Ready-to-eat desserts such as cakes, cookies, pies, doughnuts, and pastries add a significant amount of energy, sugar, and saturated fat to Americans' diets, making them a strategic target for cultural pundits and the scholars who arm them with epidemiological papers looking to lay blame for obesity.

But fast food portion sizes have not gone up since 1996, so those can't be blamed, and a new study finds that people are buying a lot fewer cakes and pies. It may be time to think about individual responsibility and stop declaring war on wheat, sugar or whatever will be the fad in 2015.

Scholars from the University of North Carolina examined if changes have been made to the nutritional content of manufactured treats and to determine what the consumer trends were. The results found that there has been little change in the nutritional content between 2005 and 2012 but consumer purchases declined by 24% during that same time period.

The donut business may soon need a government bailout if purchases keep declining. Credit: Shutterstock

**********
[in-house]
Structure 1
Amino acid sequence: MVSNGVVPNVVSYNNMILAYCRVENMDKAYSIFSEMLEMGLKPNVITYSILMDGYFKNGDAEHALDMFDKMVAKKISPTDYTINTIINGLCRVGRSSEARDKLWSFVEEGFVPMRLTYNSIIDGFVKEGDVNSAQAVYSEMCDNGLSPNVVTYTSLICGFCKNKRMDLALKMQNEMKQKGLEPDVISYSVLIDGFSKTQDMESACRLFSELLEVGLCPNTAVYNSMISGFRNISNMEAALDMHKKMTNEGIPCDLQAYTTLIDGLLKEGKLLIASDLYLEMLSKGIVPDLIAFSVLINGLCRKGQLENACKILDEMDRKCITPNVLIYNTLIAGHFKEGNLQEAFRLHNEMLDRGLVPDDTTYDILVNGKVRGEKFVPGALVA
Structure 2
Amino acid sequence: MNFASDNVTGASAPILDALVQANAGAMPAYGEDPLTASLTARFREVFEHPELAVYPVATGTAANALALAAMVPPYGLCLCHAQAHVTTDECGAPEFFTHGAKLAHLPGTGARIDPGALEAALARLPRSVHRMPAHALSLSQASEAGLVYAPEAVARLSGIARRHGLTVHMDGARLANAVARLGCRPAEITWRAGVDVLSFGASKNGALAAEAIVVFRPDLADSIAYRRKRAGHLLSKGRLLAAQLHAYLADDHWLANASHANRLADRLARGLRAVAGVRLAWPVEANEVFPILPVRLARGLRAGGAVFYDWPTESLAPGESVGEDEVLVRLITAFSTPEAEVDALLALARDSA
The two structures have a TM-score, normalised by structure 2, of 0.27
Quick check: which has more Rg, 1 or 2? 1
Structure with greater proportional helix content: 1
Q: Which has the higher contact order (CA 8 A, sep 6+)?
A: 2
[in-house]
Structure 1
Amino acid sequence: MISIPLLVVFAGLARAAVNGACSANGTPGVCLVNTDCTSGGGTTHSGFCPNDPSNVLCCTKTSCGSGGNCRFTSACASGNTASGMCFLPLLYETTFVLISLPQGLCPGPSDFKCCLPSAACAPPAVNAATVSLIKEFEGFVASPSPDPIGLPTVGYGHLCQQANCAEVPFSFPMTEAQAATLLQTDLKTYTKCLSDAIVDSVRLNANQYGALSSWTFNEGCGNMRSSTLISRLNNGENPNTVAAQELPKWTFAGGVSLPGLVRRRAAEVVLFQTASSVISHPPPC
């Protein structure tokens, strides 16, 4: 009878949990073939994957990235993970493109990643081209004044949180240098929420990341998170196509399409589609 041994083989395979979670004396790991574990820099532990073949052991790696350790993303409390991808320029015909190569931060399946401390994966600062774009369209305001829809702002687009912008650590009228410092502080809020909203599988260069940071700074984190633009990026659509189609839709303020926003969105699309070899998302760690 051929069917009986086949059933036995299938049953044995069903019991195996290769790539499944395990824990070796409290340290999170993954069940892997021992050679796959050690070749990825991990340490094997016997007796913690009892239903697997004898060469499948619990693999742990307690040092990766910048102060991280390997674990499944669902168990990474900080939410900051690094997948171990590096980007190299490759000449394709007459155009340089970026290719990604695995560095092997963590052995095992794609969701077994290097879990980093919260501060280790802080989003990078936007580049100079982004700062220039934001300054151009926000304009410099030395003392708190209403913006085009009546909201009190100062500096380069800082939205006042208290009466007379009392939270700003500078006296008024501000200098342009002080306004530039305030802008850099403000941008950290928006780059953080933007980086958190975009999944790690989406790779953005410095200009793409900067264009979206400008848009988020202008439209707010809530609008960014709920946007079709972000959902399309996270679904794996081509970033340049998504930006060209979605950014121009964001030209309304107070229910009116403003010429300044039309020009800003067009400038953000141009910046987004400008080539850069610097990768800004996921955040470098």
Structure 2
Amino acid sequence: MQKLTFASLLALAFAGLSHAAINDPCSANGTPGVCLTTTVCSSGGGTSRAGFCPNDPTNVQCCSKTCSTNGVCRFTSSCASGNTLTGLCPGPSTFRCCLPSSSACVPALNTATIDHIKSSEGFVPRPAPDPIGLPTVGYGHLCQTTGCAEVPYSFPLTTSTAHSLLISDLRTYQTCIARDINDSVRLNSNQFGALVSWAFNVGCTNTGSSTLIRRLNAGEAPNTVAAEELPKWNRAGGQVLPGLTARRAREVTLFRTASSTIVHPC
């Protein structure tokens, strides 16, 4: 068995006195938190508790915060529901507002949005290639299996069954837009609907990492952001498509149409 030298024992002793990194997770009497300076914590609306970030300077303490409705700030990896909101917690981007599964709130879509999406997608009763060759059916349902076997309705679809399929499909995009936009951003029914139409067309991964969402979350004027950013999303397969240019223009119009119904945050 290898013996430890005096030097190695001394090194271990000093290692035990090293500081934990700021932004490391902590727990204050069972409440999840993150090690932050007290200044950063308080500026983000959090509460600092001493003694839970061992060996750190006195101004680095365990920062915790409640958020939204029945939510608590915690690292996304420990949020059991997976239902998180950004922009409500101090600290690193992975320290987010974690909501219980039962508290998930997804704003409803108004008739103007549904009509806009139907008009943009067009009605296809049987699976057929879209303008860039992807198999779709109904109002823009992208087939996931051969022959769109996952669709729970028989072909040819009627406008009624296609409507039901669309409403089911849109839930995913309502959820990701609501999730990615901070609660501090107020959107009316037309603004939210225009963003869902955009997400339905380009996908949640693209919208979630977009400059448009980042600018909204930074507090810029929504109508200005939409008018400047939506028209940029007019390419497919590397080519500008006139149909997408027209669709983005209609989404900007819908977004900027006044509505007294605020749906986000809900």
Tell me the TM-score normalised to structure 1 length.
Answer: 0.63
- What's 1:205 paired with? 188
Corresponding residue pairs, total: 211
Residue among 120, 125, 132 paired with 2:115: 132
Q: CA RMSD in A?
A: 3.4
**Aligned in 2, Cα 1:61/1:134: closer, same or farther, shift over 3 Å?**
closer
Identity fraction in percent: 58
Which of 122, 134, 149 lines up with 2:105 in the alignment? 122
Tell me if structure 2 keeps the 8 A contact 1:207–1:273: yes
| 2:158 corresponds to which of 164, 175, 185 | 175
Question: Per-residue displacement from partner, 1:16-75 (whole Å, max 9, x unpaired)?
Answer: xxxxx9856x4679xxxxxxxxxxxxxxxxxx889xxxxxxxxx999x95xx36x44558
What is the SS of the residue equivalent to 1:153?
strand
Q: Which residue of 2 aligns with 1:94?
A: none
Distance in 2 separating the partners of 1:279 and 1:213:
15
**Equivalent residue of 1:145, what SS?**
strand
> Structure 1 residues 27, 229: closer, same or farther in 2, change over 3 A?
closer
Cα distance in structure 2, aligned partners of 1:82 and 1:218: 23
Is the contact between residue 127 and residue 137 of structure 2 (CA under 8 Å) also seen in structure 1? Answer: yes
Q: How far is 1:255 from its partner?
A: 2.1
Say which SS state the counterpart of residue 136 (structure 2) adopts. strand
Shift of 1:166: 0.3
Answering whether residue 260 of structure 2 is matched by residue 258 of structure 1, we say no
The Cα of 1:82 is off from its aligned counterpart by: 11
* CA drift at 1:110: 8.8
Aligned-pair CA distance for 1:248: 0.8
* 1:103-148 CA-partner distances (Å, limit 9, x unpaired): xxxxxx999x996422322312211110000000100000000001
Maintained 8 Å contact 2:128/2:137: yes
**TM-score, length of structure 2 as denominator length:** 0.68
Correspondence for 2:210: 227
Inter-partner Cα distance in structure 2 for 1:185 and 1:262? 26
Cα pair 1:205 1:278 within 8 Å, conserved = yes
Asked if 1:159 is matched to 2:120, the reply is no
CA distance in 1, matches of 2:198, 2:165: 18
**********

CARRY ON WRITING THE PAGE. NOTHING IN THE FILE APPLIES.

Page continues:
Reformulating existing packaged treats to provide healthier content presents many hurdles for manufacturers, such as replicating taste, appearance, and texture and new products coming to market are not much better nutritionally speaking than their old counterparts - the only alternative is to outlaw food choice and an increasingly intrusive federal government already has the public on edge. That leaves front-of-package labeling systems to try and shift consumer purchases towards alternatives.

The authors noted that the 24 percent drop can have unexpected drawbacks - at least in the world of academic consumer behavior. The authors worry that pre-cooked desserts could get a 'health halo' if their components were healthier, which creates something of a false landscape where the only choice is banning even more food. Or companies could try and deceive customers for their own good. 

"Stealth reformulations by which changes in the product composition are conducted unbeknownst to consumers is one option to circumvent this issue," said lead author Dr. Kevin C. Mathias, a recent graduate of the Nutrition Department at the University of North Carolina.  

 Published in the Journal of the Academy of Nutrition and Dietetics.